The Bureau of Land Management (BLM) is in the process of revising its resource management plans for six districts in western and southern Oregon as the result of the settlement of a lawsuit brought by the American Forest Resource Council. A range of management alternatives is being considered and evaluated including at least one that will minimize reserves on O&C lands. In order to develop the bases for evaluating management alternatives, the agency needs to derive a reasonable range of objectives for key issues and resources. Dead-wood habitat for wildlife has been identified as a key resource for which decision-making tools and techniques need to be refined and clarified. Under the Northwest Forest Plan, reserves were to play an important role in providing habitat for species associated with dead wood (U.S. Department of Agriculture Forest Service and U.S. Department of the Interior Bureau of Land Management, 1994). Thus, the BLM needs to: 1) address the question of how dead wood will be provided if reserves are not included as a management strategy in the revised Resource Management Plan, and 2) be able to evaluate the effects of alternative land management approaches. Dead wood has become an increasingly important conservation issue in managed forests, as awareness of its function in providing wildlife habitat and in basic ecological processes has dramatically increased over the last several decades (Laudenslayer et al., 2002). A major concern of forest managers is providing dead wood habitat for terrestrial wildlife. Wildlife in Pacific Northwest forests have evolved with disturbances that create large amounts of dead wood; so, it is not surprising that many species are closely associated with standing (snags) or down, dead wood. In general, the occurrence or abundance of one-quarter to one-third of forest-dwelling vertebrate wildlife species, is strongly associated with availability of suitable dead-wood habitat (Bunnell et al., 1999; Rose et al., 2001). In

  15. Effects of brain death on donor organ viability in transplantation

    NARCIS (Netherlands)

    Hoeven, Joost Alexander Boreas van der


    Organ transplantation has evolved from an experimental procedure in the 1950's and 60's to the therapy of choice for end-stage organ failure. The first solid organ to outgrow the experimental transplantation setting was the kidney. At that time the succesful transplant programs were those in which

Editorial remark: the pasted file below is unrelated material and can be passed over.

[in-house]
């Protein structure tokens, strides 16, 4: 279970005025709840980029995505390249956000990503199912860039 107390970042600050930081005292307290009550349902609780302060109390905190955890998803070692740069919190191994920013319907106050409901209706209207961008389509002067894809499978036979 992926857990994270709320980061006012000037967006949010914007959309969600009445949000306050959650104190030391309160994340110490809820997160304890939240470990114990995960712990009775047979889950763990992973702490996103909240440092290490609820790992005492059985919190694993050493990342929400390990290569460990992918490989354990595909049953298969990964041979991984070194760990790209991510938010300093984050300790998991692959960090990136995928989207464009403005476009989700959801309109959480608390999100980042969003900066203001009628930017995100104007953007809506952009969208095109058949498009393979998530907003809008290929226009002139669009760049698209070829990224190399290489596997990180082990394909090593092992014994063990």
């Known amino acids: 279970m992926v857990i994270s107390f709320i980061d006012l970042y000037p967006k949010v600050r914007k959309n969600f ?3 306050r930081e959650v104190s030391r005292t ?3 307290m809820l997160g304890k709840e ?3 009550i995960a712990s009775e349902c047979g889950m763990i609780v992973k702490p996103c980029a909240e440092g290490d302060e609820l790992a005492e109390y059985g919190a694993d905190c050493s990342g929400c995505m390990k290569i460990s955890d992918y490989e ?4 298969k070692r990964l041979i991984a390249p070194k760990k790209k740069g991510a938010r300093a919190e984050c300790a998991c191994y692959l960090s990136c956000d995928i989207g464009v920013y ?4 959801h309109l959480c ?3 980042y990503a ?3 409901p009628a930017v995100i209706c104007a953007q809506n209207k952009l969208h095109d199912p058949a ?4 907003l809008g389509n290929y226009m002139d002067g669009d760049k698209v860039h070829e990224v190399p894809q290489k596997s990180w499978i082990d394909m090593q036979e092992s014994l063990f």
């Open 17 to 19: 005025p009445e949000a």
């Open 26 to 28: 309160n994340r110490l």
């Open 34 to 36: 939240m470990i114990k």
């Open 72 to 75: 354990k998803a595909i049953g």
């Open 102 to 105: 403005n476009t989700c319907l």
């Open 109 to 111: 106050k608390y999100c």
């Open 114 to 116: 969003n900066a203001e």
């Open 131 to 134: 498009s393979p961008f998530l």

16. Proceedings of the symposium on the ecology and management of dead wood in western forests (United States)

    William F. Laudenslayer; Patrick J. Shea; Bradley E. Valentine; C. Phillip Weatherspoon; Thomas E. Lisle


    Dead trees, both snags (standing dead trees) and logs (downed dead trees), are critical elements of healthy and productive forests. The “Symposium on the Ecology and Management of Dead Wood in Western Forests” was convened to bring together forest researchers and managers to share the current state of knowledge relative to the values and interactions of dead wood to...

  17. Vestibular information is required for dead reckoning in the rat. (United States)

    Wallace, Douglas G; Hines, Dustin J; Pellis, Sergio M; Whishaw, Ian Q


    Dead reckoning is an on-line form of spatial navigation used by an animal to identify its present location and return directly to a starting location, even after circuitous outward trips. At present, it is not known which of several self-movement cues (efferent copy from movement commands, proprioceptive information, sensory flow, or vestibular information) are used to compute homeward trajectories. To determine whether vestibular information is important for dead reckoning, the impact of chemical labyrinthectomy was evaluated in a test that demanded on-line computation of a homeward trajectory. Rats were habituated to leave a refuge that was visible from all locations on a circular table to forage for large food pellets, which they carried back to the refuge to eat. Two different probe trials were given: (1) the rats foraged from the same spatial location from a hidden refuge in the light and so were able to use visual cues to navigate; (2) the same procedure took place in the dark, constraining the animals to dead reckon. Although control rats carried food directly and rapidly back to the refuge on both probes, the rats with vestibular lesions were able to do so on the hidden refuge but not on the dark probe. The scores of vestibular reflex tests predicted the dead reckoning deficit. The vestibular animals were also impaired in learning a new piloting task. This is the first unambiguous demonstration that vestibular information is used in dead reckoning and also contributes to piloting.

  18. The Dead Sea, The Lake and Its Setting (United States)

    Brink, Uri ten